Preliminary JM figures for 2010 put world purchases of platinum for jewellery at 2.4M ounces or 149t. This of course is now dominated by China; the Japanese figure for 2010 is just 330,000 ounces, a fall of 74% from 20 years previously. GFMS is currently estimating actual Japanese fabrication demand in the sector at a lower figure and has noted recently, but before the earthquake, that while the bridal sector remained relatively steady, falls in adornment demand were likely to continue. This is ascribed both to slow economic growth and demographic shifts in spending patterns as well as other endemic changes in the local sector.

JM figures suggest that Japanese demand for platinum in the auto sector accounted for just over half a million ounces in 2010 or 18% of the world total, but the Japanese auto market is a palladium story rather than platinum.

Johnson Matthey’s estimate (which, as noted above, reflects purchases of metal for the sector as opposed to actual fabrication demand) for the overall Japanese share in the platinum market in 2010 is 1.2M ounces, or 15% of the world total. Autocatalyst and jewellery, as the two largest demand sectors, took up 75% of local purchases, with glass in third place.

Japan’s position in the palladium market is slightly larger than that of platinum, reflecting its greater use in the auto and electronics sectors. JM estimates that Japan’s overall demand for palladium in 2010 was 1.5M ounces or 16% of the world total.

More than 50% of this was accounted for by the auto sector, at 765,000 ounces. Japan’s share of palladium demand in the world auto sector was therefore 15%.

Globally, the second largest use of palladium is the electrical and electronics sector, notably the latter. This sector took up 1.4M ounces in 2010, or 16% of world demand. In Japan the offtake was 295,000 ounces, giving it a 21% share, well ahead of Europe and the United States and second only to China.

Meanwhile Japan‘s demand for palladium in the dental sector is the world’s largest at almost 47% of the total.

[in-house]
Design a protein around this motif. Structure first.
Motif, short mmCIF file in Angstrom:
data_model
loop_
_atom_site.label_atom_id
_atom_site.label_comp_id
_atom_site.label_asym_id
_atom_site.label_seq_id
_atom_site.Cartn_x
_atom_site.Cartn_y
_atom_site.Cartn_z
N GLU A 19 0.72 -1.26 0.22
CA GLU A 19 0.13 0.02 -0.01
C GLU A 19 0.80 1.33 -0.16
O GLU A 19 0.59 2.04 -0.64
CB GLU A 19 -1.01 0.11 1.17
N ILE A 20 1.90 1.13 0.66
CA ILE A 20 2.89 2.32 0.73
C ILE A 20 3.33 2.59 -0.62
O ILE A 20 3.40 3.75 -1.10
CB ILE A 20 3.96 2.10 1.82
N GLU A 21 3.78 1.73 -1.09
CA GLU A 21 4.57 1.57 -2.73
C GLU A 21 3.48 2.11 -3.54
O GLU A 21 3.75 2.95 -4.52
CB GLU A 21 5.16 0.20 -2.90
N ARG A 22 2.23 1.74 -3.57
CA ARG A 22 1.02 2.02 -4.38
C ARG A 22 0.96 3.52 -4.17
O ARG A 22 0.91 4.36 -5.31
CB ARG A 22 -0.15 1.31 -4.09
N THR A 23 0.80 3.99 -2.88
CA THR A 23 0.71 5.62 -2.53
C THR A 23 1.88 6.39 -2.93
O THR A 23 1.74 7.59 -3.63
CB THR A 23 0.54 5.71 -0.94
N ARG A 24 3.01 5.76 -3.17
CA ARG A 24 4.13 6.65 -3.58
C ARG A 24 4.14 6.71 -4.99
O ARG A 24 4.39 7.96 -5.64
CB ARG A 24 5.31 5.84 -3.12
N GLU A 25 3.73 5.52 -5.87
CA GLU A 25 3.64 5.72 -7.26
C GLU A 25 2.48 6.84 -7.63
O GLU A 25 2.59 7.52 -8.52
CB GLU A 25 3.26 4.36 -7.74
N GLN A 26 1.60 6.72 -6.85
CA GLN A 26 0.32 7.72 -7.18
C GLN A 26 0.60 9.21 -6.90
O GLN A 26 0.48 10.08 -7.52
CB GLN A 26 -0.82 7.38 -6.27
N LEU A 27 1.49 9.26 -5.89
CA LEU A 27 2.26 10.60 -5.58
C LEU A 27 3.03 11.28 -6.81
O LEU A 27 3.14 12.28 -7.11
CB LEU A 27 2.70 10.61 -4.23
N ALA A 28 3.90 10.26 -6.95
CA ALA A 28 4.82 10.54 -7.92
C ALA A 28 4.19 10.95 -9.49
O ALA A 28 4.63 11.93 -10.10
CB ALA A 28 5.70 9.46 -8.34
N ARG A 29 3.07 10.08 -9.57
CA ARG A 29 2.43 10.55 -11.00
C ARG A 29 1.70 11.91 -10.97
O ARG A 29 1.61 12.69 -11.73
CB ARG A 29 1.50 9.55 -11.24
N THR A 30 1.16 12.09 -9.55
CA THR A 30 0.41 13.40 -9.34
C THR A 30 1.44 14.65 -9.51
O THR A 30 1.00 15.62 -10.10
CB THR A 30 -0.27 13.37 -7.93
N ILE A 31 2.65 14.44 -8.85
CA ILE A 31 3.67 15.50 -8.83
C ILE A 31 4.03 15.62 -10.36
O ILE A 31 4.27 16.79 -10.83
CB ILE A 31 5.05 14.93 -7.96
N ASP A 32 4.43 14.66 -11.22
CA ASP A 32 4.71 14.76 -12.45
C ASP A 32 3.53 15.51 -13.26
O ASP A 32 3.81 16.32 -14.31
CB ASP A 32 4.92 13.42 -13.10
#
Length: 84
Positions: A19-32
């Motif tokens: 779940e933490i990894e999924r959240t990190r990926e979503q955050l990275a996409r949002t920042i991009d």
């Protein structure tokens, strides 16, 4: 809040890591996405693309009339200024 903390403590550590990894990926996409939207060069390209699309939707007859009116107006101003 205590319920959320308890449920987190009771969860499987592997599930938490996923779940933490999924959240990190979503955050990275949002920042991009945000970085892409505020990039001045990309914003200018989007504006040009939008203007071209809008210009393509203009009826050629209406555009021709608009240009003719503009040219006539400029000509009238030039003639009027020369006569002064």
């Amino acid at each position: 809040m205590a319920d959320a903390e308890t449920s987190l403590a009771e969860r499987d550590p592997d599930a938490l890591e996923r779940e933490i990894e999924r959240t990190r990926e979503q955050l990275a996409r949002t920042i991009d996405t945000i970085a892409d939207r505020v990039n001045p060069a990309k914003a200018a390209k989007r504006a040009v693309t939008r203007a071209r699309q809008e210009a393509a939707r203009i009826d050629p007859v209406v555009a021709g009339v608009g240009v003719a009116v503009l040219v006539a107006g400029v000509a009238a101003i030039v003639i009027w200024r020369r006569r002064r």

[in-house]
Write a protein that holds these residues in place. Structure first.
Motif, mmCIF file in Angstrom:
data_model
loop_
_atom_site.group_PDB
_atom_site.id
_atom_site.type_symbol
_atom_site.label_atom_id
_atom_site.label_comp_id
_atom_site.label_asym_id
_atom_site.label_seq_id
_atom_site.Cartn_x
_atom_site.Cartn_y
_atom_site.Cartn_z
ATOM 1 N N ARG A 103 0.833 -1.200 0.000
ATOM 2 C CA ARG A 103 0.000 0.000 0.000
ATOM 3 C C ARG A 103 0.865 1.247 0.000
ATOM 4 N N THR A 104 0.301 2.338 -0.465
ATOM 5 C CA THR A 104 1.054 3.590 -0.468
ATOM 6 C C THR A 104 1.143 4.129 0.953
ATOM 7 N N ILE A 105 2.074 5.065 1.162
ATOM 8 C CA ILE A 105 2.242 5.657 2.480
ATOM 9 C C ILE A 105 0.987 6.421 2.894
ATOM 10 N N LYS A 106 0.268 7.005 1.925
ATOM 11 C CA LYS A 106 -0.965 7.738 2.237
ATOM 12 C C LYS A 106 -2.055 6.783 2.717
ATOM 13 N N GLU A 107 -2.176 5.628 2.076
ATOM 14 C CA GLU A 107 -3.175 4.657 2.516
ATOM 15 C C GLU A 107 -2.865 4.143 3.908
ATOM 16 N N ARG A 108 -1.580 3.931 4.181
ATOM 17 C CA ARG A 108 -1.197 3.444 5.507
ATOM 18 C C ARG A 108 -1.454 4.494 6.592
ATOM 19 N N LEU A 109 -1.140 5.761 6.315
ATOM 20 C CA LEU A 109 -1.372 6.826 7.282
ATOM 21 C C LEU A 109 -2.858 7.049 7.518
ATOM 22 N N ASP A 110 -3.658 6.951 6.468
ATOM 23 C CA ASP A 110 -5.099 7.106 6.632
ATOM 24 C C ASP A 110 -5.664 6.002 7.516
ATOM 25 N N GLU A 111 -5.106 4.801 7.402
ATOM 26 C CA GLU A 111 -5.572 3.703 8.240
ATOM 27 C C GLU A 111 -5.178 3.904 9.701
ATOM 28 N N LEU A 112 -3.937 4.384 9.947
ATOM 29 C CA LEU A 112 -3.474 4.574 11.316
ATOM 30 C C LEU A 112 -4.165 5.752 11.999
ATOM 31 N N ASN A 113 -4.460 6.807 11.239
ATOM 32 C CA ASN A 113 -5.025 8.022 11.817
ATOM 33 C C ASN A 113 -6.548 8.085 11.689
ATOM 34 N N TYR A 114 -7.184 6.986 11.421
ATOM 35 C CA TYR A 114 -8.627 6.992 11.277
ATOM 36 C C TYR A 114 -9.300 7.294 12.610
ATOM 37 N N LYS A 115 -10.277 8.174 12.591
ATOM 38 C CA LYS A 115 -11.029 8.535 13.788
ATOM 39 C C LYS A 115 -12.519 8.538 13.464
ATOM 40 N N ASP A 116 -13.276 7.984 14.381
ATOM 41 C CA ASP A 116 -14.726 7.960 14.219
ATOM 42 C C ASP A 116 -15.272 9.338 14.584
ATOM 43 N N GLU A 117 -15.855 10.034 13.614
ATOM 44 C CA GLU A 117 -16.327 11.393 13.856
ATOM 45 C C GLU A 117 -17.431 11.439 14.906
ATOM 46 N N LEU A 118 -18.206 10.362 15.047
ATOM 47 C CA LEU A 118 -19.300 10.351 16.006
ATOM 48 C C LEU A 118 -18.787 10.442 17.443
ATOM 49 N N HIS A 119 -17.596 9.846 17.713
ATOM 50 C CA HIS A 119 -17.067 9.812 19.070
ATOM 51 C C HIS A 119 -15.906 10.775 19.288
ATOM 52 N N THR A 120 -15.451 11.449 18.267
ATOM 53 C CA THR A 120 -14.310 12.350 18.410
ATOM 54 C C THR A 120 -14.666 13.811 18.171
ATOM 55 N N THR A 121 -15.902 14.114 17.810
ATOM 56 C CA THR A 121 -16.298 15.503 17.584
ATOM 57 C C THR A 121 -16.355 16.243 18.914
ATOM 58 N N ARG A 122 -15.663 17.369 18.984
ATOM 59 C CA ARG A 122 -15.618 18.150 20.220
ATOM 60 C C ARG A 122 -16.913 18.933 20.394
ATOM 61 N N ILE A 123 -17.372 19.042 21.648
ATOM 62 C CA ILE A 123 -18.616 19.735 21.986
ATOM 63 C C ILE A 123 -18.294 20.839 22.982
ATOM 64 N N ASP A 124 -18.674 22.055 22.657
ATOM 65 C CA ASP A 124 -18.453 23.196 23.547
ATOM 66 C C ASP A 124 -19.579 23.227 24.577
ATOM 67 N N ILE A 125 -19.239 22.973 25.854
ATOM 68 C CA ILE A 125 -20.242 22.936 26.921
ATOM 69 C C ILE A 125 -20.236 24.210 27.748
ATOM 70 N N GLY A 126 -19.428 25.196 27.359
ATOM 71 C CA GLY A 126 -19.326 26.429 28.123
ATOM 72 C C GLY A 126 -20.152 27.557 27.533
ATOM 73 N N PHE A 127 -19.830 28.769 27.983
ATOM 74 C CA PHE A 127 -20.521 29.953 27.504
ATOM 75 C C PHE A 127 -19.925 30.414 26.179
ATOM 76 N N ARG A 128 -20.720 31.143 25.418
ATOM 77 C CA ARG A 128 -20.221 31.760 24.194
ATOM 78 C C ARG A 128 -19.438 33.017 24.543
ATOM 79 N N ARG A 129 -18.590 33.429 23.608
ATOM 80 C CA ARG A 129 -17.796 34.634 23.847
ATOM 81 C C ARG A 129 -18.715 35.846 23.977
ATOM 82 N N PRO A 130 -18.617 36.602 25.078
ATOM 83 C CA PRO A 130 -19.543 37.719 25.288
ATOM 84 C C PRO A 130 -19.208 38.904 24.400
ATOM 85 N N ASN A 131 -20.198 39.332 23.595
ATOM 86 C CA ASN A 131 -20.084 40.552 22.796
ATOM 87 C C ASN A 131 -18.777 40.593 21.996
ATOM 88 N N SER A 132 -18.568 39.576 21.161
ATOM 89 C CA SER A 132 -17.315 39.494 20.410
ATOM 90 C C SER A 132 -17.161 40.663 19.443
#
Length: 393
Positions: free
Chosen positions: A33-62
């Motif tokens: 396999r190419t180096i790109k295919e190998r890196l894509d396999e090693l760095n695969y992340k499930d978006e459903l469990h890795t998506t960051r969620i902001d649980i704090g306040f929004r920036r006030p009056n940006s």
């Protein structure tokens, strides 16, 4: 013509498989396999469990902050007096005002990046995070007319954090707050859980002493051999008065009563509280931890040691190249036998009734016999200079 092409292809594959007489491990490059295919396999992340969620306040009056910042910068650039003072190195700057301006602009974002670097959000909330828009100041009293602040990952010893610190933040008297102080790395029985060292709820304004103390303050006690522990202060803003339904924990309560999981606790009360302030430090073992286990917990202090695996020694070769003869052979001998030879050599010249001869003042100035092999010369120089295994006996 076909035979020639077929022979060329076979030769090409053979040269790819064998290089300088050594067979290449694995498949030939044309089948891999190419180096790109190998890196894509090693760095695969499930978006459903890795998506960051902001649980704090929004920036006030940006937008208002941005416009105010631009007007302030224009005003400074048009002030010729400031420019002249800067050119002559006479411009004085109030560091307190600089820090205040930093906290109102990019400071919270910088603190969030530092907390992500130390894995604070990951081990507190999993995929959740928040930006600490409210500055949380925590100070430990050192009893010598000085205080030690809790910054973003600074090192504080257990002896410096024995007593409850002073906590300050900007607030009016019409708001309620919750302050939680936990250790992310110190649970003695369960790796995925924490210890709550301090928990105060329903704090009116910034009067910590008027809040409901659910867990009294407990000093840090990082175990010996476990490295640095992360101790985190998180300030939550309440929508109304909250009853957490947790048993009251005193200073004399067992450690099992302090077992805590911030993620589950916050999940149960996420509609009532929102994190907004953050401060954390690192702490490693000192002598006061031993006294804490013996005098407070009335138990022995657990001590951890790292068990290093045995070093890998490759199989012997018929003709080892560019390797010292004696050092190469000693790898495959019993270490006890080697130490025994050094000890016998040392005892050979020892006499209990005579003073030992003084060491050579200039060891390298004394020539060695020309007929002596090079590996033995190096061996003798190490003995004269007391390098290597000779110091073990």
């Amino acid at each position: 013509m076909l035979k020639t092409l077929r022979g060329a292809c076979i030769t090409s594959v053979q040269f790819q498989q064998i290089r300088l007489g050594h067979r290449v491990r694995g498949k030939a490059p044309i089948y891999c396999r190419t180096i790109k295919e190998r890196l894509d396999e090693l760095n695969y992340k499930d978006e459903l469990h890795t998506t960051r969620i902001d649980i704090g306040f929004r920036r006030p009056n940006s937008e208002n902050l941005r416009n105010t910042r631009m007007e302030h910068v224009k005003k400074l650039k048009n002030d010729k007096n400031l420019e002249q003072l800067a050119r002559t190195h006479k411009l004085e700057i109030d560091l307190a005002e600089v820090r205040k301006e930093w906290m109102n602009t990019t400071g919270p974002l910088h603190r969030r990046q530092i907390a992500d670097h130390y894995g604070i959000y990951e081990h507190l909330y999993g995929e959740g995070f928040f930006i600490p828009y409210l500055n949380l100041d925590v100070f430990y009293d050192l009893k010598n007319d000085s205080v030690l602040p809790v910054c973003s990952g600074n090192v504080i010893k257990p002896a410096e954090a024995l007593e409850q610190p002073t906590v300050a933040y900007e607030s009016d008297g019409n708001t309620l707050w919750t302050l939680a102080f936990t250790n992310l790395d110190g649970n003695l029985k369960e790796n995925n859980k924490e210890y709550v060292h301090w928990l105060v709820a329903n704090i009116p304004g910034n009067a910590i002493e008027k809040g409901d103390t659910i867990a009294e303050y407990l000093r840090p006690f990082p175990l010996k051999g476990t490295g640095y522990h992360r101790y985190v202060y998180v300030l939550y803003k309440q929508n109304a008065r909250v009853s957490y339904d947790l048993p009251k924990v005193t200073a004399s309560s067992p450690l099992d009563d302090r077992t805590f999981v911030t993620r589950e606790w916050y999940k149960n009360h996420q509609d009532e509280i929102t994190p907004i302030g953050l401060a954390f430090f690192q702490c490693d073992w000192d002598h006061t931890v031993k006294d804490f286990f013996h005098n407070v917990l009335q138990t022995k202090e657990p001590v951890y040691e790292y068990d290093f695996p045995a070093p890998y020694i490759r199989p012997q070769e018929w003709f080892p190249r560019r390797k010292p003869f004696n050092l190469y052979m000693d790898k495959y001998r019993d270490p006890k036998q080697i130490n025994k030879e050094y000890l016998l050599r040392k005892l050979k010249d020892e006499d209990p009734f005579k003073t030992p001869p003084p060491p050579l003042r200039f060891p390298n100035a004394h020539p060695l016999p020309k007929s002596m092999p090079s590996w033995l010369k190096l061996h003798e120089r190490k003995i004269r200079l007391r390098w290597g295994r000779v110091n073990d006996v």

Silver

A fully up-to-date breakdown of silver demand by country is not yet available (GFMS will be publishing its World Silver Survey for the Silver Institute in early April). Broadly speaking, however, Japanese demand for silver is something over 2,000 tonnes, or 9% of world total. The largest end-use by far is the broad ‘industrial’ category, which includes the auto sector, construction, medical uses and solar cells, which latter are garnering an increasing amount of popular comment. The photographic sector has been falling as heavily in Japan as it has elsewhere in the face of the onward march of digital technology; the fall in Japanese demand between 2000 and 2009 was 63%, while world usage fell by 62%. Jewellery and silverware is a minimal end-use in Japan.

Gold

In the gold market, meanwhile, Japan’s share of world gold fabrication (i.e. exclusive of investment demand) is approximately 6% of the world total, with the majority of this concentrated in the electronics industry in which it has consistently been the world leader. The tonnage involved in Japan is close to 100t for a world total in the region of 250t. Jewellery demand is low, both on a gross and an outright basis, and scrap recycling has been relatively heavy in recent years, meaning that net demand has typically been well below 50% of gross demand – and more recently has been more like 20% of total. Caratage in new pieces has been falling as economic conditions have been constricting expenditure.